UA’s CCBP and Barnes YMCA Celebrate Another Successful Swim to the Top Partnership

By Yiben Liu
CCBP Graduate Assistant

About 150 children, parents, teachers and local officials celebrated the success of the four-week Swim to the Top swimming program at a showcase event Thursday, June 29 at the Benjamin Barnes Branch YMCA. The program is led by Dr. Holly Morgan, Community Education director of the Center for Community-Based Partnerships (CCBP), an initiative of the Division of Community Affairs.

Greeted by white and blue balloons symbolizing the sea and beach, these summer campers ages 4-14 were recognized for their achievements. Attendees enjoyed a meal, sponsored by Chick-fil-a Northport, of bread, fried chicken, fruit, rolls and a home-made cake emblazoned with the program’s sea-turtle logo.

In its fourth year, Swim to the Top is a swim training and survival program designed to save lives of at-risk children and youth. According to the Centers for Disease Control and Prevention, there were more than 3,500 drownings annually from 2005 to 2014. About one in five were children aged 14 and younger. This year, Swim to the Top program was a collaborative effort among Center for Community Based Partnership (CCBP), Benjamin Barnes Branch of the YMCA, Tuscaloosa Park and Recreation Authority (PARA) and UA’s department of kinesiology.

The swim-safety program received prominent local television coverage during this year’s sessions, as well as a follow-up interview of its leaders by Fox 6 News after a near drowning over the pre-July 4th weekend in Blount County. Fortunately, the child survived, but the incident served to emphasize the importance of partnerships like that of the University and Barnes YMCA.

In addition to swimming lessons, participants were taught leadership development, nutrition education, fitness training and academic enrichment. And each Thursday, they took golf lessons with the assistance of members from Tuscaloosa’s First Tee nonprofit. Lessons in putting, chipping, pitching and full swings were taught in the gymnasium using modified clubs and tennis balls in lieu of golf balls.

On Thursday June 15, students conducted a special science experiment called the egg-drop challenge. Children were challenged to find effective ways to wrap eggs to help them survive an approximately 8-foot drop. The teacher then dropped the eggs to test their ideas. The aim of the experiment was to give the students some basic cognitions of physical rules such as gravity and packaging.

At the final showcase, Benjamin Barnes YMCA Youth Programs Director Laura Payton gave the welcome and thanked parents for their trust in allowing their children to participate.

Tuscaloosa County PARA Program Supervisor Mark Harrison pointed out that the program not only provides life-saving skills but also leadership that will be useful to the youngsters when they occupy responsible positions as adults. He said the PARA junior lifeguard program always welcomes advanced swimmers. “We’ve got the position for you,” he said.

UA kinesiology professor Dr. Matthew Curtner-Smith noted another important aspect of the program: Research shows that more physically active children perform higher academically and their psychological satisfaction is higher than inactive children. He also urged the parents to keep their children active after the program, both in swimming and other sports.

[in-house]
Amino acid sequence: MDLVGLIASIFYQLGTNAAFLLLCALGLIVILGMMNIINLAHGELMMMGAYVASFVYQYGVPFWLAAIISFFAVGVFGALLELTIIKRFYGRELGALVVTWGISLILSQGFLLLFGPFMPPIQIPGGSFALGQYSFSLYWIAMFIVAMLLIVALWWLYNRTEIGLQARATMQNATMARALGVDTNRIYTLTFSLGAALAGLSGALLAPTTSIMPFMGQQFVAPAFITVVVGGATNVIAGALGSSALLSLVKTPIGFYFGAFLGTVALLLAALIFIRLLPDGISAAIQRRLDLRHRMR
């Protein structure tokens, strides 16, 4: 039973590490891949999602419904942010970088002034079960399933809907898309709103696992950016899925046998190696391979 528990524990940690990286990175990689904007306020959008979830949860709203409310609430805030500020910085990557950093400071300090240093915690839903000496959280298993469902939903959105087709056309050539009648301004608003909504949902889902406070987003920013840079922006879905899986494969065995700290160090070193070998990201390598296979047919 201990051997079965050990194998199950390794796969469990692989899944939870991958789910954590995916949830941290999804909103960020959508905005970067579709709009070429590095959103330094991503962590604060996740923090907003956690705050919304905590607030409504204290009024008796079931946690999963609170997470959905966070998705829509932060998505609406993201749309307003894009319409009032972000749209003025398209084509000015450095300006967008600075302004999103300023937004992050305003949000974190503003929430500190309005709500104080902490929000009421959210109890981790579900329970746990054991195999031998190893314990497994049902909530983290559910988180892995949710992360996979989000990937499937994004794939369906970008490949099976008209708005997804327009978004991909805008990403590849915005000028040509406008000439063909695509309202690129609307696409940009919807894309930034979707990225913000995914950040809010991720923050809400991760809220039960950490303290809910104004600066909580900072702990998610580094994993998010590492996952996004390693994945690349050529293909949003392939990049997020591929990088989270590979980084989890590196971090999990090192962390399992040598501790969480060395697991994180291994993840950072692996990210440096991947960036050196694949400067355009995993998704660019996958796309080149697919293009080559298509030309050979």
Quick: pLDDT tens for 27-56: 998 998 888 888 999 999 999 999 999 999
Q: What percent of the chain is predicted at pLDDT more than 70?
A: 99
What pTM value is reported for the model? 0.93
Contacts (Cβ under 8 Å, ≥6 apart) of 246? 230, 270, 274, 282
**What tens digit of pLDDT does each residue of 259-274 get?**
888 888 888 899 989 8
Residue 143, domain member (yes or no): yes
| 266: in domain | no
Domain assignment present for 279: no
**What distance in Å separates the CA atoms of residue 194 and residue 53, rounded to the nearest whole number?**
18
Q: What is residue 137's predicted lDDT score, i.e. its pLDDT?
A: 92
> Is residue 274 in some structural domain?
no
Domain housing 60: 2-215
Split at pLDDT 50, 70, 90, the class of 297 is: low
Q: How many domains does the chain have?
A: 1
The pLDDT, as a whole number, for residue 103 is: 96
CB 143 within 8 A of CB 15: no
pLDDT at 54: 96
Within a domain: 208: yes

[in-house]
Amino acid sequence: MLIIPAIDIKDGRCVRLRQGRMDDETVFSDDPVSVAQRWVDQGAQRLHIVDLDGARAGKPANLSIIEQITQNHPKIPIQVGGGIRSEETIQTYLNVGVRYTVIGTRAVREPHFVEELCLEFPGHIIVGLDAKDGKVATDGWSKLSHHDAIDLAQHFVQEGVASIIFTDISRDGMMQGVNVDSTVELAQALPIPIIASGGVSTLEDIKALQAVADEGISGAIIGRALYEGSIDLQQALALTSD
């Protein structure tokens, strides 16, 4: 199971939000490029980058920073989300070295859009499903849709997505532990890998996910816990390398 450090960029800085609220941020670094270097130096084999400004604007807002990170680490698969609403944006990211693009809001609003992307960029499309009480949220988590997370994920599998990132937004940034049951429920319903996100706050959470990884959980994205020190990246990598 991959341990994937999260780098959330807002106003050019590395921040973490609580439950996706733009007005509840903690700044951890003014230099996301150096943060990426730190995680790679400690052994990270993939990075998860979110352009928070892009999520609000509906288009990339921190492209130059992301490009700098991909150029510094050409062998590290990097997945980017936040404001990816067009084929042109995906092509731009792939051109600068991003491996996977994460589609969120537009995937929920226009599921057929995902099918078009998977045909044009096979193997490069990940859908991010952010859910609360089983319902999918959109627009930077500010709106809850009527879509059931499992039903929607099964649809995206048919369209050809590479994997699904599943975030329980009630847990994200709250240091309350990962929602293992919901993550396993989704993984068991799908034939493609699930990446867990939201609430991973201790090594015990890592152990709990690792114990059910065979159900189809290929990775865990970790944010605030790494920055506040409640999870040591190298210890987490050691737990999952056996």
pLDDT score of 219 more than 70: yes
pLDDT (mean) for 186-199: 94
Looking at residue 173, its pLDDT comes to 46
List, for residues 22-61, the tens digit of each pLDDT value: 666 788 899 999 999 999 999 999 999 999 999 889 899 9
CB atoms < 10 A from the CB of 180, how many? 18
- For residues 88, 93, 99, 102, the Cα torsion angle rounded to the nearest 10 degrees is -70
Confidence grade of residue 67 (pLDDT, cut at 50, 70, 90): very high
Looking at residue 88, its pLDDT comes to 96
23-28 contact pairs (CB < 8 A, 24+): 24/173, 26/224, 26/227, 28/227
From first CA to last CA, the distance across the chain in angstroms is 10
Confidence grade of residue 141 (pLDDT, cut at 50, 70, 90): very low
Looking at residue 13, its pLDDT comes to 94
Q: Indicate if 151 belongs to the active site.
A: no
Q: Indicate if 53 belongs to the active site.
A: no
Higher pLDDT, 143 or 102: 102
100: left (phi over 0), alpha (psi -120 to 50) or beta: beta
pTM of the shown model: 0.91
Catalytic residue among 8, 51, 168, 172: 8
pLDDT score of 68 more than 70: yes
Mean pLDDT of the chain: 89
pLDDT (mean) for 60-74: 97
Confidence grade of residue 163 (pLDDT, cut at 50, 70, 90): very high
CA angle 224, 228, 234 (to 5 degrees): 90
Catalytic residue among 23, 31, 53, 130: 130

Dr. Morgan thanked all the people in the room for helping to build the “community” that makes who everyone is. “We appreciate and are honored that we have gotten the chance to make memories with you this summer,” she said.

She also announced that the program was granted six scholarships from the Tuscaloosa’s First Tee worth $2,500 in First Tee instruction. The first scholarship was issued to Swim to the Top participant Blake Easterwood, who also gave the invocation before dinner.

During dinner, attendees enjoyed a special step show presentation led by Swim to the Top physical fitness instructor Bernel Jones and members of Omega Psi Phi.

After the dinner, UA swim leader Jenni Jensen and fitness leader Colin Pennington, Tuscaloosa County Schools enrichment leaders Mishon Flanigan and Julia Sanders gave short talks on behalf of the instructors and teachers. They reviewed the lessons learned, recognized students’ achievements and thanked supporters.

“This year has been incredible,” said Jenni Jensen, a PE teacher and a former UA student. “We were extremely well organized. The kids came ready to swim.” According to Jensen, now in her fourth year with the program, many participants have come every year and showed great improvement. She said she and the team of nine other instructors — all UA students majoring in kinesiology or sports pedagogy — were thrilled to see the children “exceed expectations.”

“On the first day they screamed and ran away from the water, and today we are able to see them floating by themselves, swimming with noodles on their own, no need to hold onto anybody, jumping in off the side,” Jensen proudly listed the skills her students had gained. “There is a complete 180 change, and it wouldn’t have happened without this program,” she said.

Lazhaiva Lyles, 9, said she had joined the program every year and will come back next year. “I’ve learned how to dive in a pool, how to float on my back and front,” she said. “It’s fun!” Her friends gathered around her and cheered when she was talking.

Dr. Samory Pruitt, vice president of UA’s Division of Community Affairs gave the closing remarks and thanked participants and leaders. “This program just keeps getting better every year and I look forward to seeing how these great program leaders and teachers will make it even better next year.”